As the book of “Dante’s Inferno” lies open and vulnerable, to the eyes of the observer, as if displaying all of its internal organs as pages for us to see, it is Wentworth’s trapped book that coheres with this act of seeing, and this act of apprehending that the exhibition first drew us into; and it is certainly the act of contemplation of the reemergence of the self, and desires for the future that the “dark wood” (“In the middle of the journey of our life I found myself within a dark woods / where the straight way was lost.”) seeks to illuminate. We as viewers are both the prey and the predator, we enact looking like hunting and being addressed with the vision of art as being hunted.

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Figure 14. “Chasm of Lethe” (2012) by Eric Zboya.

At one side of the hall your eyes will drift across a work by Eric Zboya entitled the “Chasm of Lethe” (2012), the work is an abstract and exploded form, in a virtual sculpture of two dimensions, the work takes the text from Dante and reconfigures it in sculptural form. The work displays a transfusion of text and the visual, to the extent that the visual has become the text and the text has become the visual. The manifest intimacy between textual and visual forms is so intense that the two mediums have wholly become each other, and it is as if they have given birth to an offspring that shares their traits and genetics, this is perhaps evident in the lines and letter like resembling forms that Zboya’s “Chasm of Lethe” is constructed from.

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Figure 15. “ONE HOUR SIXTY MINUTE WALK ON DARTMOOR, 1984” by Richard Long.

In the Lower Gallery of Summerhall are two large works from Richard Long, separated by 60 years the works are formed as huge circles of descriptive words, desiring two walks, a “ONE HOUR SIXTY MINUTE WALK ON DARTMOOR, 1984” and “HUMAN NATURE WALK, TWENTY ONE WALKING DAYS ON THE HIGHVELD ON TWO PROPERTIES WITHIN THE CRADLE OF HUMANKIND, SOUTH AFRICA 2011.” The circular works evoke images of the texture and sensory aspects of walking, providing a circular immersive impression of the act of walking as an engagement with the senses of the activities of nature, the birds, the trees, and the ground beneath the feet. Long’s works attribute to the sensory aspects of living and the motion of walking, in hearing, feeling, sensing, touching, looking and apprehending the world around us. As we have seen through analysis of previous works, such as “Holocaust Museum” for example, it is the images that the text conjures that is part of the illusion that text art offers, and Long’s circular text art certainly reconfigures some of that kinetic energy of walking and motion, both in the rhythm of the words when they are read, and in the visual display of the words, in their circular form which provides them with energy. Long’s words, both speak to something of the human body as a locale for words, and also the physical sensibilities of the human body in the world as it engages in physical heat, exhaustion and splendour with the tactile real world of South Africa. As the synopsis of the exhibition suggests  that “the material of language is a metaphor for human material, our own bodies.” Long’s text art can be seen to epitomise this. Like the “bodies” of the dead poets in “Nine Realms of Dead Poet”, Long evokes the nature of being alive, and the awareness that you are alive, tingling with the senses of actuality, as you pass through the world on the kinetic and mobilising journey of taking a walk.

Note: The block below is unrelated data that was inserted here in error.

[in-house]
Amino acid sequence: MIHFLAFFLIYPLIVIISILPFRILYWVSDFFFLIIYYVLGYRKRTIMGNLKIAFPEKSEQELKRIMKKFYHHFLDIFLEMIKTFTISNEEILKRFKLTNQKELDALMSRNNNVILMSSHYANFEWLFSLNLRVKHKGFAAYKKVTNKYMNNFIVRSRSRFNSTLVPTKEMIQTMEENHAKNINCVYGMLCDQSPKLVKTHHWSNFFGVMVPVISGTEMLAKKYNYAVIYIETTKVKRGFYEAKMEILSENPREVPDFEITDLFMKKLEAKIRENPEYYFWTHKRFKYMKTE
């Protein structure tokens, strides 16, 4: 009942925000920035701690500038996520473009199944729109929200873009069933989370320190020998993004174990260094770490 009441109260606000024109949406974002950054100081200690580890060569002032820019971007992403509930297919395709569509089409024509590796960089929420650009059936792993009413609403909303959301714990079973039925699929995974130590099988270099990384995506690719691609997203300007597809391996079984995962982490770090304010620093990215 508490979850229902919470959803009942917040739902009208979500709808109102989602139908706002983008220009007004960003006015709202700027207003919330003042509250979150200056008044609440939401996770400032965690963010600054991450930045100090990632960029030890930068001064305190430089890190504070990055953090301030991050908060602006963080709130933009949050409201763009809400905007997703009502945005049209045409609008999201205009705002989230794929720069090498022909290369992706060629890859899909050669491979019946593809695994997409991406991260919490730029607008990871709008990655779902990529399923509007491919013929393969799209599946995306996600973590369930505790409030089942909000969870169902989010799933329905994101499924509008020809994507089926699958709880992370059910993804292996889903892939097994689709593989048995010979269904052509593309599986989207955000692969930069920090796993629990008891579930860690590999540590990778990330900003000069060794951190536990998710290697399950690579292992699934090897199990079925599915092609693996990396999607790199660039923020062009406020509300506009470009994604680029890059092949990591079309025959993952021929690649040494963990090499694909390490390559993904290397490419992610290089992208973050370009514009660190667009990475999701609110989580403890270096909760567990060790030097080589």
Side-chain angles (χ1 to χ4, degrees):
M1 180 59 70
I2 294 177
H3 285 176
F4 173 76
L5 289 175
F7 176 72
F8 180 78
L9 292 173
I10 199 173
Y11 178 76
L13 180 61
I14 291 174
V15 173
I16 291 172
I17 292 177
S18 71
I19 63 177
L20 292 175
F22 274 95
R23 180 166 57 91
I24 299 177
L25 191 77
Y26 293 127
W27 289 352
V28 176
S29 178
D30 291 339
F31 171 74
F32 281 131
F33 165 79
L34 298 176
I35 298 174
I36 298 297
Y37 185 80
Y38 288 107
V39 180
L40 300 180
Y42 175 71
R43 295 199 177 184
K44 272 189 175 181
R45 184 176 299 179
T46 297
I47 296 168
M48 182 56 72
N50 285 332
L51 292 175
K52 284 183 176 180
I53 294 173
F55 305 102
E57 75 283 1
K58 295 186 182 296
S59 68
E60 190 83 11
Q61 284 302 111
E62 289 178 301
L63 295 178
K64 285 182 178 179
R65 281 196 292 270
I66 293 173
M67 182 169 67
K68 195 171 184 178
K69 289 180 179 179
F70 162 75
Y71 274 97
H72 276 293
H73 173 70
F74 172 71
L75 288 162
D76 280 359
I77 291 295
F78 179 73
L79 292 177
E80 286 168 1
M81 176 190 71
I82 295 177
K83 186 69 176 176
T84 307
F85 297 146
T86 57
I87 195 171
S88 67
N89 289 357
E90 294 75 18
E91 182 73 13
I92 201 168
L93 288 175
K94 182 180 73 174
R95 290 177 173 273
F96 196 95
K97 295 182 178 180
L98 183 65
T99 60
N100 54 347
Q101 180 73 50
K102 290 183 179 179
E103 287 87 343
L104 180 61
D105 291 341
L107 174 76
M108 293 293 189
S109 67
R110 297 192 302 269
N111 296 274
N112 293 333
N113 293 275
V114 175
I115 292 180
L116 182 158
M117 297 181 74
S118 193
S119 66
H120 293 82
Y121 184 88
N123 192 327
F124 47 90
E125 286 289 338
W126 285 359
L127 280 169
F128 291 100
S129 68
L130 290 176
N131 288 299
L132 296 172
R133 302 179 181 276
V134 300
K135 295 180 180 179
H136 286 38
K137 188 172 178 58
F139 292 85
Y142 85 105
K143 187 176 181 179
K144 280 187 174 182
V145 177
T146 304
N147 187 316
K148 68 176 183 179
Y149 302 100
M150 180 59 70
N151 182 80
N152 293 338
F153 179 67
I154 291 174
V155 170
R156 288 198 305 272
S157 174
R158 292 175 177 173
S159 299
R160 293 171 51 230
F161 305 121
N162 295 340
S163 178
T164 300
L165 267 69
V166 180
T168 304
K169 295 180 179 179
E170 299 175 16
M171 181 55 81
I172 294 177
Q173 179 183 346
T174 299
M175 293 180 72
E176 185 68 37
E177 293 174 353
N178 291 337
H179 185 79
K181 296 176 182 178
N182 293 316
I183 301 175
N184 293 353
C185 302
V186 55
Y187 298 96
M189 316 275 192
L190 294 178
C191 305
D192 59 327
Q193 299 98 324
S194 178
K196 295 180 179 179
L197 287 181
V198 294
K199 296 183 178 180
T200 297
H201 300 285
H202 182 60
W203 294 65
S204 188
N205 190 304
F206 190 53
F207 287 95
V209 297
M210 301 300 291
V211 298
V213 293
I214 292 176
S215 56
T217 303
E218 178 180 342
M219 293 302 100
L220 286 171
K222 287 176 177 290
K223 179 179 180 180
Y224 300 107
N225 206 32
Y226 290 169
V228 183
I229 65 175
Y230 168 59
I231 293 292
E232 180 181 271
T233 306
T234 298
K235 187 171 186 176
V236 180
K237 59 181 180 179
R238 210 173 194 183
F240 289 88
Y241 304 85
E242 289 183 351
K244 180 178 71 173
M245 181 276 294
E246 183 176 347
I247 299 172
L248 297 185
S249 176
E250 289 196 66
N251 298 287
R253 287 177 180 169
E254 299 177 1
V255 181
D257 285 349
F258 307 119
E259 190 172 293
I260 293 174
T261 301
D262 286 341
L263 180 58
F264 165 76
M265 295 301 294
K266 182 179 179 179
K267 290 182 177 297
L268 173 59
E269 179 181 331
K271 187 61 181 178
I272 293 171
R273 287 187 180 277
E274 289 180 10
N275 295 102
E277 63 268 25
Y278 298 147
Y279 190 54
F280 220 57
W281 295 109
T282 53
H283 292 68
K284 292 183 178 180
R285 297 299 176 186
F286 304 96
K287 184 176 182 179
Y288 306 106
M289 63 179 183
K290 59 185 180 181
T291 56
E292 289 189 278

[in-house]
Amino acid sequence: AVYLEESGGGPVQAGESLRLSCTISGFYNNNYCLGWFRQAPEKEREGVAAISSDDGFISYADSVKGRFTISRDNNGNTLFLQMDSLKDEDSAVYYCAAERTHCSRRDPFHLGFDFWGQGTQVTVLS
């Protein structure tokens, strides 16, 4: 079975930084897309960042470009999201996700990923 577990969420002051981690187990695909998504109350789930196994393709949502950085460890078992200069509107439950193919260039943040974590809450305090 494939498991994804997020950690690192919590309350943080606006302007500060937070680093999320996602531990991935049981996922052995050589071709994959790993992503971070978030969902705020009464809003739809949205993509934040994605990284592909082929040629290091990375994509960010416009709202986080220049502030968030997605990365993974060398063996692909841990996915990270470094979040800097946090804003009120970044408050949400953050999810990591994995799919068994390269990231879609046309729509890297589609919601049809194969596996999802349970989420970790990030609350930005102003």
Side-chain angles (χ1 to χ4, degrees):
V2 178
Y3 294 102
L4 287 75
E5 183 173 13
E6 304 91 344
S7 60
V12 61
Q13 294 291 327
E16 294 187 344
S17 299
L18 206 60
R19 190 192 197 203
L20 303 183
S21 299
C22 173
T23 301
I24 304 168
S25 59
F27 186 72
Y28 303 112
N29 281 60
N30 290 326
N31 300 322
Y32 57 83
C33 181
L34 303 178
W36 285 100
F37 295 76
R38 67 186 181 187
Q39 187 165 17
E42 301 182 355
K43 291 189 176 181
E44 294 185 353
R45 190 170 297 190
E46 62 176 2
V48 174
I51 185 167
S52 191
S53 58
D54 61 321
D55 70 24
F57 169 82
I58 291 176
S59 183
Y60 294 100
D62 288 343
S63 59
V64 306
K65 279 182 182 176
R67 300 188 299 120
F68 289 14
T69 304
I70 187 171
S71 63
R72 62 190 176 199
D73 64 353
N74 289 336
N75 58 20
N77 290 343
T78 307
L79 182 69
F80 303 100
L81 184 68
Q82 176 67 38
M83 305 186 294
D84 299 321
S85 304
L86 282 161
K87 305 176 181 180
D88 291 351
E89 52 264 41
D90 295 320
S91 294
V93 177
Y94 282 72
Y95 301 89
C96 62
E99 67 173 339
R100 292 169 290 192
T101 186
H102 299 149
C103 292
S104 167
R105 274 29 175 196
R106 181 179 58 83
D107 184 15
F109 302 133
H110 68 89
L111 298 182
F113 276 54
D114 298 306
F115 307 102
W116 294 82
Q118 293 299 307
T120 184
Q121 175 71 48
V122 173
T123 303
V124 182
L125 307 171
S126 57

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Figure 16. “HUMAN NATURE WALK, TWENTY ONE WALKING DAYS ON THE HIGHVELD ON TWO PROPERTIES WITHIN THE CRADLE OF HUMANKIND, SOUTH AFRICA 2011.” By Richard Long.